Mills in Alto Aragón - harinero, aceitero


Sieste is situated near Boltaña. Find Boltaña on the main road between L'Ainsa and Broto - Torla. Coming from L'Ainsa turn left just before you enter Boltaña towards Margudgued, cross the bridge and at the first branch turn right for Sieste. The road first meanders through the fields and then climbs up-hill. Drop the car at the crossroads leading into the village. Then walk back until you find the old path lined with stone walls. Walk this path and very soon you'll see the valley of the Río de Sieste with the mill in the depth. Continue your walk until you reach a point where the slope is less steep. You'll notice some bigger flat stones and a diffuse path going downward. Go down into the river bed and walk against the current to the mill.

Pictures: 27.xii.2006, 29.xii.2018

(21) Entrance of the mill; the river is left

The mill has a more or less L-shaped floorplan (24) with its long leg along the river. The entrance (21) is a low and rather broad opening in the short wall looking to the North. The lintel consists of a large natural stone mono­lith.
Much of the lintel is taken up by inscriptions (22), which are difficult to read. With the help of some school chalk we managed to decipher them: four names, perhaps the builders/owners of the mill, and the year 1807, probably the construction year.

AÑO     1807
(22) Lintel above the entrance — JHS=Jesus Christ; FRANco=Francisco; JpH=José

From the door (24e) it's easy to appreciate the configuration of the work floor. It is one large space without dividing walls. Central to this space is the showpiece of this mill: a prensa de barra y husillo (bar and spindle press, 23, 24p). The construction leans to one side like the Tower of Pisa. Attempts were made to remedy the problem with support beams, but clearly without the hoped-for effect.
This type of press needs much less floorspace and headroom than the typical cantilever presses of older times (see f.e. Panillo). It is made entirely from wood and we believe it is the last example that has survived to date. All other specimens of this type that we have seen, are always partly (Almazorre) or entirely (Buera) made from iron.

(23) Workfloor (picture taken from just inside 24c, looking to the entrance)

The horizontal beam, marrano, that moves up and down in slots of the vertical posts is moved by a stick in the hole of the head on the screw (25). Due to this direct transfer and the specifics of the screw, the system still requires a lot of effort from the millers.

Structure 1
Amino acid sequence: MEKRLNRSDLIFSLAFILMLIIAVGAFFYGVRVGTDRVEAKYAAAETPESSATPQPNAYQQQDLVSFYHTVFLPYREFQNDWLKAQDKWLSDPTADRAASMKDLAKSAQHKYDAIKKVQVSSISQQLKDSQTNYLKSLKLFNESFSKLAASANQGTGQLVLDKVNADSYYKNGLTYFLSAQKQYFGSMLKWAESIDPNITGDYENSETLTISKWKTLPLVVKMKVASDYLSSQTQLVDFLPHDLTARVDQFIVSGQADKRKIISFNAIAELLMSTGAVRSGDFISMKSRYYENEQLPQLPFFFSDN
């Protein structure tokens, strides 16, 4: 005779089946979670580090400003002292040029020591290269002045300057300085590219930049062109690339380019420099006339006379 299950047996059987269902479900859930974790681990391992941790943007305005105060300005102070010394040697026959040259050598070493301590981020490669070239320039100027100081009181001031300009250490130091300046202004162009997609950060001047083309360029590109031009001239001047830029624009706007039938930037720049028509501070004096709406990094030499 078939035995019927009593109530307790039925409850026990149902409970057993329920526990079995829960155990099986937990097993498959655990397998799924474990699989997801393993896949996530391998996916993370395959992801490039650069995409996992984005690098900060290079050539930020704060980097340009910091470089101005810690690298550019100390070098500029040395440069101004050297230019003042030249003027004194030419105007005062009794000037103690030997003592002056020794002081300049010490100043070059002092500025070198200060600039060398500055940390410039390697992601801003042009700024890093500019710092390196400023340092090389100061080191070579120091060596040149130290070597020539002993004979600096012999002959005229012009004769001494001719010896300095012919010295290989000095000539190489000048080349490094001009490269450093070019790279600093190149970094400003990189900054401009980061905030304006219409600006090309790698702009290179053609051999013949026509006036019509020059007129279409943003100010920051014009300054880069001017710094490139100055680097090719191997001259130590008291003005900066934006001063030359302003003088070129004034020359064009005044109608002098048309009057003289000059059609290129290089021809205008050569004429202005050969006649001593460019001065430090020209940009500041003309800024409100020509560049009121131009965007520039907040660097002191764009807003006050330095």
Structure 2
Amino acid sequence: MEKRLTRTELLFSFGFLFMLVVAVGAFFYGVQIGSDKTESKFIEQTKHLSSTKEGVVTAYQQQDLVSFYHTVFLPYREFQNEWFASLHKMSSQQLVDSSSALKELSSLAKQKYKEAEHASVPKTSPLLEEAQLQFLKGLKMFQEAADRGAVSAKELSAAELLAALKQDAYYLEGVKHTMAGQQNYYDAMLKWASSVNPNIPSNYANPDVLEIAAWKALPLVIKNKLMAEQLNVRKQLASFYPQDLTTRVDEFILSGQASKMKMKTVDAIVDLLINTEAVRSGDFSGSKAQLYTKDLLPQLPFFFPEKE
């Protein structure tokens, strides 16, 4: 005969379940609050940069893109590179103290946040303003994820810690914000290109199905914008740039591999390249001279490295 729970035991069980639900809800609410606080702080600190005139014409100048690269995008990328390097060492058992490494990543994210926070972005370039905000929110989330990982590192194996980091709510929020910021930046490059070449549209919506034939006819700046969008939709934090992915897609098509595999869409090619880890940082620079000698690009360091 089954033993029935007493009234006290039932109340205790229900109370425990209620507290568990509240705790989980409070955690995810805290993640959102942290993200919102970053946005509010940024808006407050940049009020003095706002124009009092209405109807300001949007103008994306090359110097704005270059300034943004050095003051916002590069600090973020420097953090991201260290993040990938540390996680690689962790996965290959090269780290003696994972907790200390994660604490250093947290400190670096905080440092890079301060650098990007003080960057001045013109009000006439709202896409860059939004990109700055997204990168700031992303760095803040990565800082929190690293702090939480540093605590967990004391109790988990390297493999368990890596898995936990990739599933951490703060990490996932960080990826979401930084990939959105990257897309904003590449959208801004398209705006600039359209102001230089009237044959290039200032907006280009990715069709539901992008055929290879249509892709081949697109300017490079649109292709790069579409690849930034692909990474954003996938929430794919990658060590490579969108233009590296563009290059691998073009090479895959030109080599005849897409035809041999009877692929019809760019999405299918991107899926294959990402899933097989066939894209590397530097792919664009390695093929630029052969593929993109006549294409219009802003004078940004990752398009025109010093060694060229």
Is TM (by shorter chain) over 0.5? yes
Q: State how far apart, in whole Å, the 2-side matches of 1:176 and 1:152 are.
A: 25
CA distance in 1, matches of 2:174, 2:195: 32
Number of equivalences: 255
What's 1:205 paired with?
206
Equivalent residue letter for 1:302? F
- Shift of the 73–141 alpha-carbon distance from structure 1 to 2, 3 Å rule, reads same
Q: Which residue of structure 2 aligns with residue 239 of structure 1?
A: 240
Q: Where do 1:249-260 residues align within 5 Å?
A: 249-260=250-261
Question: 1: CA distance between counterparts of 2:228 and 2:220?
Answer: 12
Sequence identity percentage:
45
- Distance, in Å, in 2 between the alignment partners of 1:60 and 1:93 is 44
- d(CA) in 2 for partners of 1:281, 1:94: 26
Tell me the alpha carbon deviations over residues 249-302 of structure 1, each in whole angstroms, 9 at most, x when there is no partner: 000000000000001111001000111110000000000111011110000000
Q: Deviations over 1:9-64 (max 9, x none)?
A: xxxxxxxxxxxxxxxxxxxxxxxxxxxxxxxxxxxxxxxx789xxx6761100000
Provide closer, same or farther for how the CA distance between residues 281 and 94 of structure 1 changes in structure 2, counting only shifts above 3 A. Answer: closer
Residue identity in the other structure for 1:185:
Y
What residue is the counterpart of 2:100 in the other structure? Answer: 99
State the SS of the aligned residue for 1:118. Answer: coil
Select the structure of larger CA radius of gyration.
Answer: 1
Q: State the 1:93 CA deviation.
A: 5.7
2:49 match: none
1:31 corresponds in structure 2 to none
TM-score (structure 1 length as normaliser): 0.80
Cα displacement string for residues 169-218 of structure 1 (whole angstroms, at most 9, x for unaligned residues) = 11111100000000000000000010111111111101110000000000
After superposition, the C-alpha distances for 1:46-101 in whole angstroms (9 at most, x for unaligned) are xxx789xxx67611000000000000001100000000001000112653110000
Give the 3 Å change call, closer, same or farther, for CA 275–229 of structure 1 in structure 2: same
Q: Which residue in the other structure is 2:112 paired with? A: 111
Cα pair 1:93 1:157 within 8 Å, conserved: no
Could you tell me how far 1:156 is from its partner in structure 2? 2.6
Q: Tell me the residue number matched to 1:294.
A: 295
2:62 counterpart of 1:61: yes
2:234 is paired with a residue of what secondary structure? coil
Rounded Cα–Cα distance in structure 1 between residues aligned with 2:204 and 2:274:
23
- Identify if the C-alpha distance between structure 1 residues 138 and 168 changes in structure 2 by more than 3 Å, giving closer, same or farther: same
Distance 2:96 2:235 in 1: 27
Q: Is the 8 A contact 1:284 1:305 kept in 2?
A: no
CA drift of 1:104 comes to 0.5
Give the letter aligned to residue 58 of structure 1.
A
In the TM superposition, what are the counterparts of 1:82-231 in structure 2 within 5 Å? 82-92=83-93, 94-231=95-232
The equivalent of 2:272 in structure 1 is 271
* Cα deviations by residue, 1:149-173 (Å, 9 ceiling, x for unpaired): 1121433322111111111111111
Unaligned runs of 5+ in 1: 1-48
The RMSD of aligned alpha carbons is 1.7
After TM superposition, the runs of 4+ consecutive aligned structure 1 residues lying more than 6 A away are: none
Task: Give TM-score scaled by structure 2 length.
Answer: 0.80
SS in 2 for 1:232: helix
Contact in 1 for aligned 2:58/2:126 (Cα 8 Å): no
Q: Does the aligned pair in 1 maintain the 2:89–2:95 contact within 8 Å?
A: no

More modern models of the same type are equip­ped with a gear system and can achieve much hig­her pressure with less effort (). But there was also a higher risk of breakage: the press head was especially vulnerable. That is why more efficient systems were always made at least partly in metal .

(24) Floor plan of the mill
The head of the press carries the inscription AÑO 1807 (26, 27) We have seen the same year above the entrance and on the press in the mill of Palo.
The bottom plate (28) of the press, usually made of stone is also of wood. The base plate is elliptical and the edge is sculpted in arcs. The press has been reinforced with metal straps in various places.

(26) Head of the press — 2018
(27) AÑO 1807 — 2006

(28) Foot, regaifa, of the oil press

The part of the building furthest from the door is much narrower than the rest (24, 29). This is the room where the real grinding happened. We find a millstone for grain (24s, 32) and a rolling stone for olives (24t, 30).
The torno where the olives were crushed also one of the earlier makes. The baseplate (∅ 250cm) is lined with natural stone plates almost perfectly fitted to each other (31). The roller stone is truncated conical. It is remarkable that its sides are not flat but show a raised edge and circular elevations (30).

(29) left: runner stone (see 32); right: olive crusher with roller stone (see 30)

(30) Truncated conical roller stone of the olive crusher — ∅ 85–90cm; thickness 35cm

(31) Flat stones bordering the olive crusher

(32) ∅ 130cm; thickness 38cm
The rollerstone (30) is moved by a horizontal waterwheel. In our study area only a handful of mills use water power for their grinding.
Muscle power is more commonly used for this is a region where water is a precious commodity during much of the year.

Find a similar device in Trillo, an oil mill dating from about the same time.

The runner stone (32) is an older type monolith, not one of those modern composite stones. No other equipment of a flour mill was found.
Given the narrow space allocated to it, the flour mill was probably not important and may have produced only limited quantities of fodder.
Left from the entrance, a narrow opening in the wall gives access to a small and low space (24a, 21 left). It is not clear what was its purpose.


Calculations on the oil mill of Olsón showed that pressures up to 39kg/cm2 (41 atm) can be obtained.
See: Vanhercke, L. & Anselin, A. — 2022 — A la búsqueda de Molinos. Volver a Olsón.
el Gurrión viii.2022, N° 168. Labuerda, I.S.S.N.: 1130-4960. pp.11–13.

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